Needless to say I managed to reconnect it all and got under way. There is something quite magical about rowing under the stars. The phosphorescence is incredible! It’s some kind of plankton which, when disturbed by the oars, glows up bright green. Without any other light pollution around this is quite something to see. I tried to take a photo, but it just comes out black. Might try doing some go pro footage maybe that will work?
Well, the day is beginning to look a lot more like the holiday brochures I have read! As the sun begins to rise there is not a cloud in the sky, not only will that mean I might be able to take my wet gear off at last, but also get some well needed charge in the batteries.
I am really enjoying rowing today, I am getting used to the waves and how to position my oars depending on the size of the wave and what direction it is coming from. I have a few shin bruises from the first couple of days where the oars hit my leg if Itime it wrong. I am also able to take my waterproofs off making it much easier to row. I still get soaked by the odd rogue wave when least expecting it! But this time the sun quickly dries me out.
Talking about rogue waves! I actually shouted at one earlier… I had one of the deck hatches open to get some food out, a wave caught me unaware and water got in the locker. Fair enough, I am in the ocean! So I waited a couple of hours and the wind seemed to have dropped – so I opened the hatch, bailed it out and made it all nice and dry. At the exact moment I was about to replace the lid, guess what? Another wave right in the locker!!!!! “Were you actually waiting till I finished drying that out?” I shouted? Who to I don’t know, but made myself laugh!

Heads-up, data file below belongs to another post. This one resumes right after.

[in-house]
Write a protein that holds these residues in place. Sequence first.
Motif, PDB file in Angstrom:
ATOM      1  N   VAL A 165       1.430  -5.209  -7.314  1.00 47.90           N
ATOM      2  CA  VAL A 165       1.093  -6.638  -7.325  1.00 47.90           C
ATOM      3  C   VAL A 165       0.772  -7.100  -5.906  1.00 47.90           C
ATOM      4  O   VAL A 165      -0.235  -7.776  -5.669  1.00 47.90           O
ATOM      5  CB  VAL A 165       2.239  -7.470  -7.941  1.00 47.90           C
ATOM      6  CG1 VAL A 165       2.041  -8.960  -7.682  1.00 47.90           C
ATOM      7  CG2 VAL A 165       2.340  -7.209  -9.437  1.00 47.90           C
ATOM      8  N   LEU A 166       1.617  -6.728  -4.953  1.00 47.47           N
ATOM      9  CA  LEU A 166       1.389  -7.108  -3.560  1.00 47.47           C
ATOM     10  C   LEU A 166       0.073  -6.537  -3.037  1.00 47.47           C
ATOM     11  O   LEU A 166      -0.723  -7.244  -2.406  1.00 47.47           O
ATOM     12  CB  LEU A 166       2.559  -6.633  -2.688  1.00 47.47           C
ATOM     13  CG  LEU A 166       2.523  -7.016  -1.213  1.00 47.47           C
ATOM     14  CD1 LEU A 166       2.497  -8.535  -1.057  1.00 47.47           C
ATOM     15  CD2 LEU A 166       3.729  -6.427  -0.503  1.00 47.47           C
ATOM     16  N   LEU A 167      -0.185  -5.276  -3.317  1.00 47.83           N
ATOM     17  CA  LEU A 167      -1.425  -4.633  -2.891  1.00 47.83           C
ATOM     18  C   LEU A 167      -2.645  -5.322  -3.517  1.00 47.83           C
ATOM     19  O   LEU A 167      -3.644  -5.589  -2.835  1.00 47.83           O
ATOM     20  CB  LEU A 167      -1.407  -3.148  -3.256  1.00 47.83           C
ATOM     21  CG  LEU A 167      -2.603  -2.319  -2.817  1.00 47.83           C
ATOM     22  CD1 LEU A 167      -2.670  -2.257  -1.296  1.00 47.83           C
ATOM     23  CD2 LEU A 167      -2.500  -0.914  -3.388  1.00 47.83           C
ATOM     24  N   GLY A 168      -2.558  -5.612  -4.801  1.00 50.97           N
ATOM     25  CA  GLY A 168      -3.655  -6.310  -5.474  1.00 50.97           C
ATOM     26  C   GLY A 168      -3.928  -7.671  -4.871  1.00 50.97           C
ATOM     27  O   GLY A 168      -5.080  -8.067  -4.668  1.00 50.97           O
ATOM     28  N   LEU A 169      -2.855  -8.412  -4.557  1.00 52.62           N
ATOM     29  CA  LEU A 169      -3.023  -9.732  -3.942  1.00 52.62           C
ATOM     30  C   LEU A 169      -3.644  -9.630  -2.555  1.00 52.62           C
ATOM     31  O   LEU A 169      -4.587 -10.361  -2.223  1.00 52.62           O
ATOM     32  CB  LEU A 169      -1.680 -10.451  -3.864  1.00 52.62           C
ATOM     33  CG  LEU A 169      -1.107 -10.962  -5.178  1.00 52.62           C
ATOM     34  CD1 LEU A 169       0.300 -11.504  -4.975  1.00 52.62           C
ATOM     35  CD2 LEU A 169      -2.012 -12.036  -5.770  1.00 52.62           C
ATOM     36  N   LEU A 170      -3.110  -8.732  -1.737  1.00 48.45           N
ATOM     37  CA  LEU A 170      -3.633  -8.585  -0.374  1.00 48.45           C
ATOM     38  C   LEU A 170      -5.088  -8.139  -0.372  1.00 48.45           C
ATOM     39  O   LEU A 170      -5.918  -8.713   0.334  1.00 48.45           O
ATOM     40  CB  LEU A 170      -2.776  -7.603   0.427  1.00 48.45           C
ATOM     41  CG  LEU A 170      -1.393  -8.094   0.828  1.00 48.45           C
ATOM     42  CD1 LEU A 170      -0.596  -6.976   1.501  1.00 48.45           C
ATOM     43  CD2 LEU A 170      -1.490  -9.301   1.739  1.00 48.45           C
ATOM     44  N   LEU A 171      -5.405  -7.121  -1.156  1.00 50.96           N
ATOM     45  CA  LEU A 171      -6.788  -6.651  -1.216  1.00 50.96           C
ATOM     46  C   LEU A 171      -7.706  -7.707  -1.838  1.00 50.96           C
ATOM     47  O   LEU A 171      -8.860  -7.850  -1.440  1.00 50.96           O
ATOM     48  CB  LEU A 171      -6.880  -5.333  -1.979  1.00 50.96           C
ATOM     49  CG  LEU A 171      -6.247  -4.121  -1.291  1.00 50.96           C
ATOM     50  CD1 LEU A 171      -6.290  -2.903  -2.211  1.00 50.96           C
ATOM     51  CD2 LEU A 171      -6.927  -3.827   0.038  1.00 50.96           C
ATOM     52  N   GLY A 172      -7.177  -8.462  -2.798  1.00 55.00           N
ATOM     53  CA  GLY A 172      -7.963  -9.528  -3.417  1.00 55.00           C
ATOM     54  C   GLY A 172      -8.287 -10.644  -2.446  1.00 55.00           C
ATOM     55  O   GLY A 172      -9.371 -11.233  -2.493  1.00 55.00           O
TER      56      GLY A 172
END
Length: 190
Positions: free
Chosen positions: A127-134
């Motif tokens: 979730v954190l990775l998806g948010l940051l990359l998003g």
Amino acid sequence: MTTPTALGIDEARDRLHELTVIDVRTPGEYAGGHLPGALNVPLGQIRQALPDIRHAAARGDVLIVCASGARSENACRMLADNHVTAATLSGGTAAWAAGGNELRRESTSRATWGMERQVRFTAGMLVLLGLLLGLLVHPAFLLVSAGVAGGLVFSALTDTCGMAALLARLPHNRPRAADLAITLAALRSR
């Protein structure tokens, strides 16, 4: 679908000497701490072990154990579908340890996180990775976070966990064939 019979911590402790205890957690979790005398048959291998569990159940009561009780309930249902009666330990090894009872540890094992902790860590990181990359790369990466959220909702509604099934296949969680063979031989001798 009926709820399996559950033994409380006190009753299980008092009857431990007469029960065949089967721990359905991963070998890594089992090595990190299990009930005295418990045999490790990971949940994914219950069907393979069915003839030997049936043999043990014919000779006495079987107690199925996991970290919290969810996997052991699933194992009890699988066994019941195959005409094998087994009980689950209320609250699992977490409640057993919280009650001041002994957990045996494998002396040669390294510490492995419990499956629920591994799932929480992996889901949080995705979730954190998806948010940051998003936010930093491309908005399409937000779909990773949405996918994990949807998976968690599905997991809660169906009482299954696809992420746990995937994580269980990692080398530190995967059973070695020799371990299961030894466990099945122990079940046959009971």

Anyway back to the story. About midday pleased with the amount of sun on the solar panels, I went to check how much charge. 12.8V???? What, that’s not good at all. Minimum is 12.2v, max is 14.1. On charge all morning and hardly moved. Slightly concerned I sat back down to row deciding that there must be an obvious explanation! 10-15mins went by whilst I looked at the solar panels directly in front of me on the stern of the boat. Then it hit me… no, not another wave, it was obviously right in front of me!!
My spare oars are tied up one either side of the boat. As the sun rose on my port (left) side it was casting a shadow from the blade of the oar virtually covering the whole panel!!!! I quickly moved the offending oar to the other side of the boat and hey presto! The meter jumped up 0.1 of a volt almost instantly and has continued to charge nicely all day! Job well done!!
Had a brief chat with Charlie from Rannoch HQ via GPS text. The wind is expected to die off later today, this is not a good thing as a bit of wind behind me definitely helps.
I have been on the oars about 8hrs today so far. Am now having a rest before doing the next 4hrs in the tougher conditions. I aim to row 12hrs out of every 24.
Before I go, here is a sighting check list….
- Sea turtles- 3
- Dolphins- 0
- Whales- 0 (although heard them in the night)
- Shark- 0
- Floating plastic- 8
Absolutely gutted to have seen more plastic than wildlife. I know the wildlife is out there, I just have not seen it – trouble is that means I have not seen a fraction of the plastic that must also be out here.
I am rowing an ocean to try and bring awareness, please spread the word to help reduce single use plastics.
Thank you for reading.
More over the coming days.